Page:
Poll opposes Welsh income tax

An opinion poll suggests that the idea of giving the Welsh Government some income tax powers would have been narrowly rejected if the proposed referendum had been held this month.

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  1. Nick Powell

Poll supports Welsh Govt caution on income tax

An opinion poll for the Institute of Welsh Affairs suggests that the Welsh Government would face a close fight in a referendum on it setting income tax. The UK government has agreed to devolving a limited income tax power, subject to a vote of the Welsh people. The poll shows that opinion is split.

  • In favour 40%
  • Against 43%
  • Don't know 18%

Market research company RMG polled 500 people. The percentages have been rounded and the figures are not weighted. Nevertheless the Institute of Welsh Affairs says they show that the First Minister is right to be cautious about calling a referendum once Westminster has passed the legislation.

This is the first poll carried out since the David Cameron and Nick Clegg announced that Wales would get powers to tax and borrow. It will confirm Carwyn Jones’ instincts that borrowing powers should be embraced but tax varying powers should be treated cautiously. The fact that 40% are infavour of giving AMs the power to vary income tax, and 18% undecided, suggests that a referendum may be winnable. But the sceptics start off with a 3% lead, and enthusiasts for devolving tax powers would be wise to proceed cautiously.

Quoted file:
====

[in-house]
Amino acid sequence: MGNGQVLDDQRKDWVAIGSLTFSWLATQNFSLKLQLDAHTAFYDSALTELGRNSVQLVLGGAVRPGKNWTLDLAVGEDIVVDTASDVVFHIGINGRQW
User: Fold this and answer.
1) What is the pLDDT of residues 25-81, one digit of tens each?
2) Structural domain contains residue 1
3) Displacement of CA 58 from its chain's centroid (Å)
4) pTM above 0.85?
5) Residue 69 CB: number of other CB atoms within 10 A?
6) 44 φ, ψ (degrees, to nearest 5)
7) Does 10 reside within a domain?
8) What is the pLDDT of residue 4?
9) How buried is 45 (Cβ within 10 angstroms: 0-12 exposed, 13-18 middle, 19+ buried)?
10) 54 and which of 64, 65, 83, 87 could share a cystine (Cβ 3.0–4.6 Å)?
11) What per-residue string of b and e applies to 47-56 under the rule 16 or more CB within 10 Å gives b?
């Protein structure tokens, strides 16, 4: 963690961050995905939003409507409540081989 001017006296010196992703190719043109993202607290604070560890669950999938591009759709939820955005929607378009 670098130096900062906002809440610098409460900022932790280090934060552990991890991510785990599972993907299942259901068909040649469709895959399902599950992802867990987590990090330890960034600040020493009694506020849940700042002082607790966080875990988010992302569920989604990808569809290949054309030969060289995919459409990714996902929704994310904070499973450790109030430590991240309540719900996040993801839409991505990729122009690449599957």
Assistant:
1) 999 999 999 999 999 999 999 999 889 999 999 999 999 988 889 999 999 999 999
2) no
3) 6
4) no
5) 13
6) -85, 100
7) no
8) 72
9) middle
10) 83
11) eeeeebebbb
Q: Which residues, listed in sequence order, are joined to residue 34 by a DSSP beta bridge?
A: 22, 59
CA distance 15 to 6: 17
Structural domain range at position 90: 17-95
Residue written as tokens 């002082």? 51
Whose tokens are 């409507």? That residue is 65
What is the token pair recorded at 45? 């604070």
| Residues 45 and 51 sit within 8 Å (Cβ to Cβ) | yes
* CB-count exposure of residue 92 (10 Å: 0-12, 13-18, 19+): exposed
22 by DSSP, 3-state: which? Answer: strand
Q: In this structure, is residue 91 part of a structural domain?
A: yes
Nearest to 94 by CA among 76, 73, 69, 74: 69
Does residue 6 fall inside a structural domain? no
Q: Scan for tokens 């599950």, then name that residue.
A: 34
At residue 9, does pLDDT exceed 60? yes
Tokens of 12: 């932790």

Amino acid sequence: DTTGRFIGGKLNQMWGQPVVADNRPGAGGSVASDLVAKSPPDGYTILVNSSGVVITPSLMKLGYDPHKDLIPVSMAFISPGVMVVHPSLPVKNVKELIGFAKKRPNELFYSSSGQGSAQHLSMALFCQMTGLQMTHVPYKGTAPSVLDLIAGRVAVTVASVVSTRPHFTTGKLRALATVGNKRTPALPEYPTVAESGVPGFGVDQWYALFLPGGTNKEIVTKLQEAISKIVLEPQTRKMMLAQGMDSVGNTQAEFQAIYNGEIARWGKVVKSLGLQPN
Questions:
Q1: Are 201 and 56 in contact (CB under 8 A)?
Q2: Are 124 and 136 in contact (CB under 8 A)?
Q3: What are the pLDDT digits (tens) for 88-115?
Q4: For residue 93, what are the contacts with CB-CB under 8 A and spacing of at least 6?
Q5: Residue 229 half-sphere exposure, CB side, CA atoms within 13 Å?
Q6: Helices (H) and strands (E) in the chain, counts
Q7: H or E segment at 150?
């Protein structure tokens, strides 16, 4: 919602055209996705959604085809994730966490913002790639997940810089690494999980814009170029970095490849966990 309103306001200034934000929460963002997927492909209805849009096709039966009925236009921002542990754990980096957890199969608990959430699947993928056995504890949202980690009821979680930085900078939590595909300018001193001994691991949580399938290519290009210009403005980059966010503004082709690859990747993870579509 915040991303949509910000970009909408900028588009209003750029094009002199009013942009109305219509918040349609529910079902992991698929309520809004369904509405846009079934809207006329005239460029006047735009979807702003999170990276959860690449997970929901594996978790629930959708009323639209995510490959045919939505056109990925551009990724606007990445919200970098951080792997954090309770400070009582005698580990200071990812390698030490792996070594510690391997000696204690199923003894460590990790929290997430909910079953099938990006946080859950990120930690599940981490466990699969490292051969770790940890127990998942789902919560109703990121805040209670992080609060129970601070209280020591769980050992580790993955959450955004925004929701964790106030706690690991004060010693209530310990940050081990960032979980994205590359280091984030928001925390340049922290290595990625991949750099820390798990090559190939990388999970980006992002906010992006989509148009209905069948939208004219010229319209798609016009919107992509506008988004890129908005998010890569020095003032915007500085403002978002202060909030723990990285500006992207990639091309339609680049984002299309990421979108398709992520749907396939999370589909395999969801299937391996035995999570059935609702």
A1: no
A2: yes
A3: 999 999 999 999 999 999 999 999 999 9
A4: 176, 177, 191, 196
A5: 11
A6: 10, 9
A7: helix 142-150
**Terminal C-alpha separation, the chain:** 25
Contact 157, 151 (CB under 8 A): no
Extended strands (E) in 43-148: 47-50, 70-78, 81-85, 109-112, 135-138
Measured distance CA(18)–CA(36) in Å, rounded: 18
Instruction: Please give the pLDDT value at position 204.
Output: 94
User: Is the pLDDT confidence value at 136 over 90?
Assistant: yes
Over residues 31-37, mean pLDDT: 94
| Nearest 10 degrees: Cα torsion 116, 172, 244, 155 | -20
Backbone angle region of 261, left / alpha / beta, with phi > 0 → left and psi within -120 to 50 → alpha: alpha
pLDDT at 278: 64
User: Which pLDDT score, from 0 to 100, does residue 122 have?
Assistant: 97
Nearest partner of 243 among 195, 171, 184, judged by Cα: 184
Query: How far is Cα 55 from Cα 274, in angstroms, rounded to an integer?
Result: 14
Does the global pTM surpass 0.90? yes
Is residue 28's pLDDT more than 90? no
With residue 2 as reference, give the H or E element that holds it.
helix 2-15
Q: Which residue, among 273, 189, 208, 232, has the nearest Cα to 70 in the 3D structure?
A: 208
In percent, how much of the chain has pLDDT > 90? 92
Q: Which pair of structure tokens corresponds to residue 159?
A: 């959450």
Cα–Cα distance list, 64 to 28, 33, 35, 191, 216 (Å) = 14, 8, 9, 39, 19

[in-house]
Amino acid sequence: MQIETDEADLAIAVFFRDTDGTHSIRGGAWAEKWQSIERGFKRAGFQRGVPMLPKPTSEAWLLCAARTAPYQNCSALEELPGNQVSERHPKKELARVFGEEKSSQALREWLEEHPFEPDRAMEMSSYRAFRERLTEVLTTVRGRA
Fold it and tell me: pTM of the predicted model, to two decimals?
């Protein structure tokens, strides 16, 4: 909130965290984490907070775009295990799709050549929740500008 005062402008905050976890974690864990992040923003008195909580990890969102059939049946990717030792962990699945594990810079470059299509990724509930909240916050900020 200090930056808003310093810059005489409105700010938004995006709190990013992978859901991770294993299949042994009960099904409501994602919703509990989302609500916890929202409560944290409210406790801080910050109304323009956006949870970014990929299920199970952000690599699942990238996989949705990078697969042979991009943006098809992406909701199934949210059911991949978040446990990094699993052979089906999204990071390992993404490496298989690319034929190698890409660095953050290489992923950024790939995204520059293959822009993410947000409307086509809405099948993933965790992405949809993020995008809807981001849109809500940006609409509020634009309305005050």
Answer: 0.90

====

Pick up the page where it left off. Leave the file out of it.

– IWA Director Lee Waters

The poll found 74% were aware of the recent announcements on devolving tax and borrowing powers and 59% thought the economy will benefit from Welsh Government borrowing to pay for major projects, such as upgrading the M4. There was significant support for the National Assembly getting more powers.

  • More powers 40%
  • Present powers 37%
  • Fewer powers 5%
  • No devolved government 12%
  • Welsh independence from UK 7%

This poll reinforces the consistent picture from evidence over recent years that devolution is now the settled will of the Welsh people.But while the fact of devolution now has stable majority support, the extent of it does not. And whether partial autonomy for Wales should include tax powers is something about which the people of Wales, as well as the political class, remain divided about.

– Prof Roger Scully, Wales Governance Centre, Cardiff University

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